A Pilot Observational Exploratory Study of Well-Being in Hospice Interdisciplinary Team Members

Catherine Schneider, Alycia Bristol, Ariel Ford, Shih Yin Lin, Abraham A. Brody, Amy Witkoski Stimpfel

Research output: Contribution to journalArticlepeer-review


Introduction: Well-being and turnover intent represent key aspects to the promotion of a healthy workforce. Alarming levels of burnout and low levels of well-being have been documented in health professionals across care settings. Not only do high levels of burnout, low well-being and high turnover affect health professionals, but they are associated with poor patient care. However, limited research has investigated this topic specifically in hospice interdisciplinary team (IDT) members, nurses, chaplains, social workers. Thus, the purpose of this study was to explore hospice IDT members’ well-being, and turnover intent. Methods: This observational, pilot study used quantitative surveys to examine the well-being, and turnover intention at baseline and at 3 months. Twenty-five hospice IDT members at one site participated. Results: Paired t-tests and percent change demonstrated significant decreases in compassion satisfaction (44.5 vs. 42.1, p = 0.04) and secondary traumatic stress score (18.5 vs. 13.3, p = 0.0001) and a significant increase in burnout score (17.6 vs. 20.5, p = 0.03) from baseline to follow up. Employee turnover slightly decreased from baseline to follow-up. Conclusions: In this pilot study, hospice IDT members had low levels of well-being at baseline that worsened over 3-months indicating a higher potential risk for burnout. Moreover, given the COVID-19 pandemic, this may be an ominous sign of what lies ahead for hospice providers regarding turnover, leading to significant long-term staffing problems in the field. If these results hold true in a larger sample, it could necessitate developing and testing further strategies to ensure a healthy and stable workforce.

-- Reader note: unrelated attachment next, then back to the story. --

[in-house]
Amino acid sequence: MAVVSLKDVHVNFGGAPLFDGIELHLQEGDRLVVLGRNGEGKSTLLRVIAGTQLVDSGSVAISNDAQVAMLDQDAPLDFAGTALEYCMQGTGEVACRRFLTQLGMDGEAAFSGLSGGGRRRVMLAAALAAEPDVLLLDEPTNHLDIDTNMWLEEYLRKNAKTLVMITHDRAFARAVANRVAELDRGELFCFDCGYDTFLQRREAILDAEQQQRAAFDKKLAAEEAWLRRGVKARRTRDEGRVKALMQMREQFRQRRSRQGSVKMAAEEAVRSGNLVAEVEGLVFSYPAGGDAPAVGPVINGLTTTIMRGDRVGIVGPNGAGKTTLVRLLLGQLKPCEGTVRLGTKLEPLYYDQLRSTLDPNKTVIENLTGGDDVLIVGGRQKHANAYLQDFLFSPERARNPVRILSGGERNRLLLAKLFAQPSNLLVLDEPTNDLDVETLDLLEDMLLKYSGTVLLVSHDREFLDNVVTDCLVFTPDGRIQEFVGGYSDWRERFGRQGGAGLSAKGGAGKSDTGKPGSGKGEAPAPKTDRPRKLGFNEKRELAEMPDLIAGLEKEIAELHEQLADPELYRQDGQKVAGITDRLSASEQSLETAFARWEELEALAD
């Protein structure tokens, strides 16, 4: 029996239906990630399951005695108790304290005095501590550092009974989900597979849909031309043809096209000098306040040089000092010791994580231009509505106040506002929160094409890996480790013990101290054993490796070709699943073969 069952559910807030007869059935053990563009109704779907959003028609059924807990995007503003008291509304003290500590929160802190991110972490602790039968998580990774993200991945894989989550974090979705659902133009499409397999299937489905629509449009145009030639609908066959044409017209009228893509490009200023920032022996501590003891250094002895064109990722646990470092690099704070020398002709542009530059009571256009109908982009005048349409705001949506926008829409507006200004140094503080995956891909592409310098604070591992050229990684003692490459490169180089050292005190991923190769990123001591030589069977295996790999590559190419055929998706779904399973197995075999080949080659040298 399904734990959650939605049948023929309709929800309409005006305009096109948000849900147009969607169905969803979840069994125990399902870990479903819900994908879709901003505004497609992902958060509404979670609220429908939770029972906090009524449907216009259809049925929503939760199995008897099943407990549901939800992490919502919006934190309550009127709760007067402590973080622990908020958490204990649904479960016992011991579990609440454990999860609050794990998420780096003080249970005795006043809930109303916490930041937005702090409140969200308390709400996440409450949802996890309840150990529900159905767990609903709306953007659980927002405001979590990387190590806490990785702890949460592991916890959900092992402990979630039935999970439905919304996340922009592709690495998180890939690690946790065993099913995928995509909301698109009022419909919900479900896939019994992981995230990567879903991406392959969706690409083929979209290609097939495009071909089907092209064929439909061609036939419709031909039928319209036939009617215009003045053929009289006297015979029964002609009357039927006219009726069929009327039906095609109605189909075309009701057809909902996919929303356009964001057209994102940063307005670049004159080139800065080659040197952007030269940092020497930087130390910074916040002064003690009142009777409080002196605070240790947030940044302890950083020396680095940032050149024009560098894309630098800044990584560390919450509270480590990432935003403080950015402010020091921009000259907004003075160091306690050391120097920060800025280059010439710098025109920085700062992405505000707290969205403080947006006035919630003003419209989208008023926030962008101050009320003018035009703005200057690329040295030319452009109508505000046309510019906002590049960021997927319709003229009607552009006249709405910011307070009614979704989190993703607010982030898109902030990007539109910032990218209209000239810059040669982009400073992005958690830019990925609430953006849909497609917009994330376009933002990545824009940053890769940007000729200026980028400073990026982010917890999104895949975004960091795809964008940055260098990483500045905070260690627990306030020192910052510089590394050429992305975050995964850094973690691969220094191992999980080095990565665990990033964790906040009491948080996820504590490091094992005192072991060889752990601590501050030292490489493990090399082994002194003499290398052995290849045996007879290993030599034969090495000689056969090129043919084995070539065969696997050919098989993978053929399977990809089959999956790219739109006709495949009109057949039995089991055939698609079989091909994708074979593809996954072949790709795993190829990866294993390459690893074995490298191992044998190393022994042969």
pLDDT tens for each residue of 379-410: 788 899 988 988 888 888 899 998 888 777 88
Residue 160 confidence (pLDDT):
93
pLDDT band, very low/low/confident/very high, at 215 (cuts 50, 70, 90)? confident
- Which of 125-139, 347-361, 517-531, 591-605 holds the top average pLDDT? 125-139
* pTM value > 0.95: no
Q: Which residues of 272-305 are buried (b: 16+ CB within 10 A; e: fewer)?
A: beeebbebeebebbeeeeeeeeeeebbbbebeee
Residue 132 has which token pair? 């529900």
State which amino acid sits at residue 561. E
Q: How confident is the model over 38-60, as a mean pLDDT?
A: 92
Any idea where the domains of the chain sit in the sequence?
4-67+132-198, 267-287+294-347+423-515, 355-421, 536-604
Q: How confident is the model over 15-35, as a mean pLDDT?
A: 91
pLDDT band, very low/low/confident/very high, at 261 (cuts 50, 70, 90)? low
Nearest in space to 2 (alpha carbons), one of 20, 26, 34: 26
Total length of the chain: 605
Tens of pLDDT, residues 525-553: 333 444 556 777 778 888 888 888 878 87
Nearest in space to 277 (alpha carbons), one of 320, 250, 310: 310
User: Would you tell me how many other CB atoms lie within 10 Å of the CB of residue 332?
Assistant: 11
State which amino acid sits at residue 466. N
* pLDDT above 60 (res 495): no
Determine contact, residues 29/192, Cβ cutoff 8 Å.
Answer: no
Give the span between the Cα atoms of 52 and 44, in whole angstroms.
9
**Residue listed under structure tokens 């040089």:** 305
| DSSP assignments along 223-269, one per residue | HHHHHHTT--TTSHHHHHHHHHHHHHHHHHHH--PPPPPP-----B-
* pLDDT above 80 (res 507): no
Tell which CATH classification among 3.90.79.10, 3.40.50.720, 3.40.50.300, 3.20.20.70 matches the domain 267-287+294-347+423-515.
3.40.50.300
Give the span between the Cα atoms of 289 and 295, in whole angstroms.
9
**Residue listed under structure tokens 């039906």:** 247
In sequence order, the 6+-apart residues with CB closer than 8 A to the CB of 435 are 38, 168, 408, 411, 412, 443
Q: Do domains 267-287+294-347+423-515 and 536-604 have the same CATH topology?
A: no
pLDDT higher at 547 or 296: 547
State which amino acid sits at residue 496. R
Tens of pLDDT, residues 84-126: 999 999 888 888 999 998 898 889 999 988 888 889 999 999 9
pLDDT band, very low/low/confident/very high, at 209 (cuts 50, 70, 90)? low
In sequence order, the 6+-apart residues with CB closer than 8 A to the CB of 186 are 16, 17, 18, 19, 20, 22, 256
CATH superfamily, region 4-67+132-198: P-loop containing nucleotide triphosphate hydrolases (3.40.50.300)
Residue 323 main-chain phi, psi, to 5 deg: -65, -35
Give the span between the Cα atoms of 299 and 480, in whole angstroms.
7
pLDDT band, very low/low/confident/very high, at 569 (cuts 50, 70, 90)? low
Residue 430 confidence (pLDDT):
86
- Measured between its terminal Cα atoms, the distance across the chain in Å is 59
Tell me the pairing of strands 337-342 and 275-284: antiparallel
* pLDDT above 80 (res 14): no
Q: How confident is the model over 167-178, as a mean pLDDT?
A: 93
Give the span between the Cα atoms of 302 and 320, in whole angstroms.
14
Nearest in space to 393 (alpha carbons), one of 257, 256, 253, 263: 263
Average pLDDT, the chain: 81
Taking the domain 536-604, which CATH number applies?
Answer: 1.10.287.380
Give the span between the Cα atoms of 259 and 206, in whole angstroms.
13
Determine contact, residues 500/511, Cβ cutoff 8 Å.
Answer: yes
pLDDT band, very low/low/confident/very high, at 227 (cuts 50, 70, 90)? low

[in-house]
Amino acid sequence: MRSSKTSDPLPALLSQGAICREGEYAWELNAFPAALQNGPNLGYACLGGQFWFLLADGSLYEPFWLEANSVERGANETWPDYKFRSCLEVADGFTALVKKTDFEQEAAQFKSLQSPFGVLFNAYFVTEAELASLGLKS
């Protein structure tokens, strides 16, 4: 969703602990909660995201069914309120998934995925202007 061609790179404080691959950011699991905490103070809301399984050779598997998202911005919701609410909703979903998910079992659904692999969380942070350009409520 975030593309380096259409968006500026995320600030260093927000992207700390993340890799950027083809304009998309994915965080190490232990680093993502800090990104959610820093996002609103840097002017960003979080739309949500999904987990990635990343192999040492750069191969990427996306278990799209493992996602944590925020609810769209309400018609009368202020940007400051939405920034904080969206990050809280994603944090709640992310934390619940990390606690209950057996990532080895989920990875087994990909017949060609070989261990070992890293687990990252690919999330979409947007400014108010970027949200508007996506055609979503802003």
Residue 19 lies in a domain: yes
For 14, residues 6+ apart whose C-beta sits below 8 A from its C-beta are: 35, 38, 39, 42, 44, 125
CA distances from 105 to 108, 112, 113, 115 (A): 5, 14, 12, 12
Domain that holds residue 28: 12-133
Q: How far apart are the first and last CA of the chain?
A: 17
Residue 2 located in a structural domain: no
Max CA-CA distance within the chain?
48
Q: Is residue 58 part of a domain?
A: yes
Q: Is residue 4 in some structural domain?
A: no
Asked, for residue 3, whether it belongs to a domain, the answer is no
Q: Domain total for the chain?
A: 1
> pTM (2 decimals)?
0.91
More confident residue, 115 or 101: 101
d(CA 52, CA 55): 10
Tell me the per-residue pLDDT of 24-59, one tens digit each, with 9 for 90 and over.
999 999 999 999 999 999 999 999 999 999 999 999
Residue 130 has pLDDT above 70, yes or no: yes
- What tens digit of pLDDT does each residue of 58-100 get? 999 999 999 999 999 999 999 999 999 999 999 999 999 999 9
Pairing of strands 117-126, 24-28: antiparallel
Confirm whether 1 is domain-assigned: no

Original languageEnglish (US)
Pages (from-to)264-269
Number of pages6
JournalAmerican Journal of Hospice and Palliative Medicine
Issue number3
StatePublished - Mar 2022


  • dementia symptom management; burnout
  • hospice
  • interdisciplinary hospice team
  • palliative care
  • professional quality of life
  • turnover intent
  • well-being

ASJC Scopus subject areas

  • General Medicine


Dive into the research topics of 'A Pilot Observational Exploratory Study of Well-Being in Hospice Interdisciplinary Team Members'. Together they form a unique fingerprint.

Cite this